I use this illustration to point out that even paid professionals outside of higher education communicate poorly during the holidays — in many forms of media. We’ve been missing the mark for years. Only now we can do it so much more efficiently and to so many more victims.

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    Ellie Lovell Says:

    A really interesting blog post, thanks Michael.

    Working in the online communications team at the University of Warwick in the UK, the Christmas greeting is something of a challenge each year. Just last year, we tried an online Christmas greeting for the first time as an alternative to sending out hundreds of printed Christmas cards.

    Rather than the standard “e-card” (which, let’s face it, is usually a pretty unimaginative wintery image of the campus with some festive music in the background and a nice message from the Vice-Chancellor/President) we chose something more interactive to try and communicate some of the key stories/messages from the year at Warwick. We used an advent calendar format, where each day, users opened a new window to find out something new about the University and in many cases received some sort of “gift” whether it was a winter recipe from our chefs, a music download from our resident string-quartet or a competition to win some books by our academics. The feedback we received was great, and whilst the stats showed that the webpage received a lot of hits at the start of advent but less as the month progressed, the number of visitors over the whole period was significant.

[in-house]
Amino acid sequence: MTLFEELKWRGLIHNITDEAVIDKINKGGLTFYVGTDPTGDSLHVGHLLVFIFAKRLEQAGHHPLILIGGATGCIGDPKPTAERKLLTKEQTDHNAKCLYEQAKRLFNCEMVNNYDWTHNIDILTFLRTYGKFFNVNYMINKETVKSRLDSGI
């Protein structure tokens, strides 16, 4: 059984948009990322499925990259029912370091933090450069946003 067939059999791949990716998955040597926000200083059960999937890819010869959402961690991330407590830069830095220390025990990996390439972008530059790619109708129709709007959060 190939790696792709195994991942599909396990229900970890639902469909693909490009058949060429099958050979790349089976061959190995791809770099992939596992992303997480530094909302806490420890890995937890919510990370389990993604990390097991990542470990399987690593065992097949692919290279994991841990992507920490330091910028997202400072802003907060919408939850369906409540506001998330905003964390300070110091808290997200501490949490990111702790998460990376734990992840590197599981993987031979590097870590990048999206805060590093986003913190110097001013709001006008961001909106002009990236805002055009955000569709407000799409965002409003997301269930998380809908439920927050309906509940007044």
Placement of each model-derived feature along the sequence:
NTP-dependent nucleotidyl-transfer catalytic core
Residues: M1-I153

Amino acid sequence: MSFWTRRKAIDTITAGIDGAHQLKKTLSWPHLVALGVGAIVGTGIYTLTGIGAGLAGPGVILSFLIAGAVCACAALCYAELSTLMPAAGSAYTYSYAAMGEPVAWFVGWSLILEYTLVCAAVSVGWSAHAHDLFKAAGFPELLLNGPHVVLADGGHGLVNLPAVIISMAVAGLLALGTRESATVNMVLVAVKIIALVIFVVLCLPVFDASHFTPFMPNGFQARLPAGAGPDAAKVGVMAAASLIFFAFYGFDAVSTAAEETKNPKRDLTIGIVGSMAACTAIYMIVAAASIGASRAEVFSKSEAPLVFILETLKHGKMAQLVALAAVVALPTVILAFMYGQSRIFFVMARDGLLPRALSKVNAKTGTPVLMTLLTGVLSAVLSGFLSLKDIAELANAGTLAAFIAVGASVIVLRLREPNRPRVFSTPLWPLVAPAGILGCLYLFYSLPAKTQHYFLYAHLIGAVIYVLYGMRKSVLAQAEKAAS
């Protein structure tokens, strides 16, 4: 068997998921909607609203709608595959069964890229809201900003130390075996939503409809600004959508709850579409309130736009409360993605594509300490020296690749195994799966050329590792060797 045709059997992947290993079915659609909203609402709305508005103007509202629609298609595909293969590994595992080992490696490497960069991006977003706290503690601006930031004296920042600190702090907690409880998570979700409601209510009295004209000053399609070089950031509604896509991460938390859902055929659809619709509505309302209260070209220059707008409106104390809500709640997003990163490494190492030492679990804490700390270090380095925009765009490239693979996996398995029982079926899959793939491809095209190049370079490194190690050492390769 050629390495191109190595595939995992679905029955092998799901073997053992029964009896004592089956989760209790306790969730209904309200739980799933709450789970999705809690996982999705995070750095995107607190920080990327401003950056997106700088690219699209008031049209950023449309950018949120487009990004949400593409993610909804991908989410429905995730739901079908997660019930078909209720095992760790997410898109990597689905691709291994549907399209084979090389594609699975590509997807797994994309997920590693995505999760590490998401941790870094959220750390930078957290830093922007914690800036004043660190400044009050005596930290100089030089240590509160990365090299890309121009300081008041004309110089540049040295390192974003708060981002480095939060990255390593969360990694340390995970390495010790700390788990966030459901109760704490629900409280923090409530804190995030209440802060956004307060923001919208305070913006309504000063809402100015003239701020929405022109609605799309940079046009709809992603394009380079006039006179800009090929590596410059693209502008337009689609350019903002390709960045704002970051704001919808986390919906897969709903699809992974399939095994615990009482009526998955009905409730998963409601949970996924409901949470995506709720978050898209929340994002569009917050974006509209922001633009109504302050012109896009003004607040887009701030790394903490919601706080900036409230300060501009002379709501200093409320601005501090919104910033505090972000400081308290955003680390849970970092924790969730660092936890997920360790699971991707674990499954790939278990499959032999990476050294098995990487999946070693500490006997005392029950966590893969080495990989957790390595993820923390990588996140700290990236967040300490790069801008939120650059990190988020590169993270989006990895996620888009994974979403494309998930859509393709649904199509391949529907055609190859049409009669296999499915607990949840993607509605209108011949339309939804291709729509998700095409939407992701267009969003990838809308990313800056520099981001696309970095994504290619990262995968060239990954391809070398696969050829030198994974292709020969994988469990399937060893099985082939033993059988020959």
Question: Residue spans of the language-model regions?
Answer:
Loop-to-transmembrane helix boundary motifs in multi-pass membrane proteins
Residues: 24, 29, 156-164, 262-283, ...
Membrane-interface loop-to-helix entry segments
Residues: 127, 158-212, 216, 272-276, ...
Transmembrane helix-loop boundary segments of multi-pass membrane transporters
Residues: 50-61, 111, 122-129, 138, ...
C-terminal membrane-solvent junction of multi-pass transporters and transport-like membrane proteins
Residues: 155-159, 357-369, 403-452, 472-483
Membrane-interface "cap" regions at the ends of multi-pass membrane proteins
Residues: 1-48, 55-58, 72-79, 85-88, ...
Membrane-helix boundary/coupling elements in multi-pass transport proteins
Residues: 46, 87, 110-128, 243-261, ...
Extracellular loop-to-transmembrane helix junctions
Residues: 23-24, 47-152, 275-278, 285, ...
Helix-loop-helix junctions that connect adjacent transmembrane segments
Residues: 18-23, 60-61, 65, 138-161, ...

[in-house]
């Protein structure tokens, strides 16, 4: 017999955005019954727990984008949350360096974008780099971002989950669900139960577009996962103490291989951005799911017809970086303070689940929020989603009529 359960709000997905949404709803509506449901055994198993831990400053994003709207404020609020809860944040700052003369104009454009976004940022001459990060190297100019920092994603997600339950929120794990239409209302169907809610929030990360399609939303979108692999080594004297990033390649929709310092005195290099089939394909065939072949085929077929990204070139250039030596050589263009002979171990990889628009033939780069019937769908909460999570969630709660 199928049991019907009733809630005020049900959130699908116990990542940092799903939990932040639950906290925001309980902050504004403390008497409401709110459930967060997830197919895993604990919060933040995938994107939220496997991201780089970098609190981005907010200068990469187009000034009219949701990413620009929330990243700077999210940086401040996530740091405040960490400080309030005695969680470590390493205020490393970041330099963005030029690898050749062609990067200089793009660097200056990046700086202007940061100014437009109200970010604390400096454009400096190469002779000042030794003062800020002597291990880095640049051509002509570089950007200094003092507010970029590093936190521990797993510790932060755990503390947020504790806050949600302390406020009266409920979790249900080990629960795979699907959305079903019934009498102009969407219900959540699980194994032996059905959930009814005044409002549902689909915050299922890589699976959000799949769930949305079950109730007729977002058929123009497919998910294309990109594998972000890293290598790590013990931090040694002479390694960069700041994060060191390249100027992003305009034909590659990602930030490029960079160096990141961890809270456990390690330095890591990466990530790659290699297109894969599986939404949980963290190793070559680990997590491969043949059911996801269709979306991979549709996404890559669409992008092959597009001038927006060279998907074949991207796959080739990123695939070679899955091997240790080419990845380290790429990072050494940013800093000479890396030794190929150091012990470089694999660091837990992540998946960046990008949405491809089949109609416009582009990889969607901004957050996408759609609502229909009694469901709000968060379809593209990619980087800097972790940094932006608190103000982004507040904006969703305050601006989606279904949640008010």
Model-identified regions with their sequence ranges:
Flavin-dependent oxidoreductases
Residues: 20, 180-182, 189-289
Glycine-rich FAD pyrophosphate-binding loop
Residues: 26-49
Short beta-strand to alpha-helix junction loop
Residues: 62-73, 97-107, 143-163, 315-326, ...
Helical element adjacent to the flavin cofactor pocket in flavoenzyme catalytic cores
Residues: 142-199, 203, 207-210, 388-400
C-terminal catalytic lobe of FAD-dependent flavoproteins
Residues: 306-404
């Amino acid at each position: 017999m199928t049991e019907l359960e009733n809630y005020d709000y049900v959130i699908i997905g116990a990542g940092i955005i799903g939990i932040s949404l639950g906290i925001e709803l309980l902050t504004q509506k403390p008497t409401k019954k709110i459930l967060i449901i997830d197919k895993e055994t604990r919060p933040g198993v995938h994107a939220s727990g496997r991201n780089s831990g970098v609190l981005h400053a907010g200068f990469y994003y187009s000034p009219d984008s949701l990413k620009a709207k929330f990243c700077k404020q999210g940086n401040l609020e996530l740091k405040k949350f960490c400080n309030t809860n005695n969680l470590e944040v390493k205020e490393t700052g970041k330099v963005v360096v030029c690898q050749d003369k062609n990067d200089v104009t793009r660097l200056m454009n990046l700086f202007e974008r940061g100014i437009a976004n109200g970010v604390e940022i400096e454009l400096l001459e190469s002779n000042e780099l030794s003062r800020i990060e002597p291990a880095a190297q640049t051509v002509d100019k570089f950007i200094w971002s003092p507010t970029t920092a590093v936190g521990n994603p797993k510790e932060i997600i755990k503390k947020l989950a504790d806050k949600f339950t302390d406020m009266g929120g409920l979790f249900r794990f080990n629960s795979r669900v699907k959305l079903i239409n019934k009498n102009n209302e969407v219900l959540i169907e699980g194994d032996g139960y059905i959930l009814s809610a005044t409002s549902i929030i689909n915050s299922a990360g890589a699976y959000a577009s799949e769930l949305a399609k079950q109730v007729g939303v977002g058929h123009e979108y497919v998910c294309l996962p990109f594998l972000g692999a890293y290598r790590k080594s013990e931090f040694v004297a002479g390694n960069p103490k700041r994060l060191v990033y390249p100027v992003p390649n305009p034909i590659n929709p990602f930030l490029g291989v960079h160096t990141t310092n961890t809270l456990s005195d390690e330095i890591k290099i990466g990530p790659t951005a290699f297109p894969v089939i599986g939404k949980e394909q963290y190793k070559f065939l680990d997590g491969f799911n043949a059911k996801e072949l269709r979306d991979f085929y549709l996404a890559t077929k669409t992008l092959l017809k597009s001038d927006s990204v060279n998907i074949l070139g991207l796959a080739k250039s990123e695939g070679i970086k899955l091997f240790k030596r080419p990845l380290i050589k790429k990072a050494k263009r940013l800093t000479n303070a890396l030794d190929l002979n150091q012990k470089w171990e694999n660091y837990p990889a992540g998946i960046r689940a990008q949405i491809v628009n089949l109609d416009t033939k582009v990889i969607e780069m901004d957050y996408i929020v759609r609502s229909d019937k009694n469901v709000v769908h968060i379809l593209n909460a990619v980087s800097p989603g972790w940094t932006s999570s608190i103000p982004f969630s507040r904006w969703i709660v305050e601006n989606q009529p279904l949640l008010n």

This year we adapted the idea to allow users to explore the content in one visit rather than relying on them to return each day. You can visit this year’s “Christmas campus scene” here https://www2.warwick.ac.uk/christmas2010/.

    We see the online Christmas greeting as a novel way to communicate the University’s achievements throughout the year, and I hope that the unusual format of the content makes it more enjoyable for people to discover more about the University (a few hidden gifts/competitions are another incentive for visitors to explore the content!). I realise this chimes with your comment that “in a way, university holiday e-greetings…are sort of like those letters people send you at the end of the year that tell you how their root canal went and that little Susie is no longer wetting the bed. If we were really your friend, if we were close with you, we’d already know and care about such things” which I agree is true, but the point is you still read those letters and at the end, you know more about the sender than you did before (although that might not always be a good thing!) :)

    Admittedly there is more that we could be doing to measure the impact of these communications but from the anecdotal evidence we have received through feedback, I am pretty sure we will be coming up with another novel way of communicating the University’s achievements throughout the year through our online Christmas greeting, building on the feedback and lessons learnt from this year’s creation!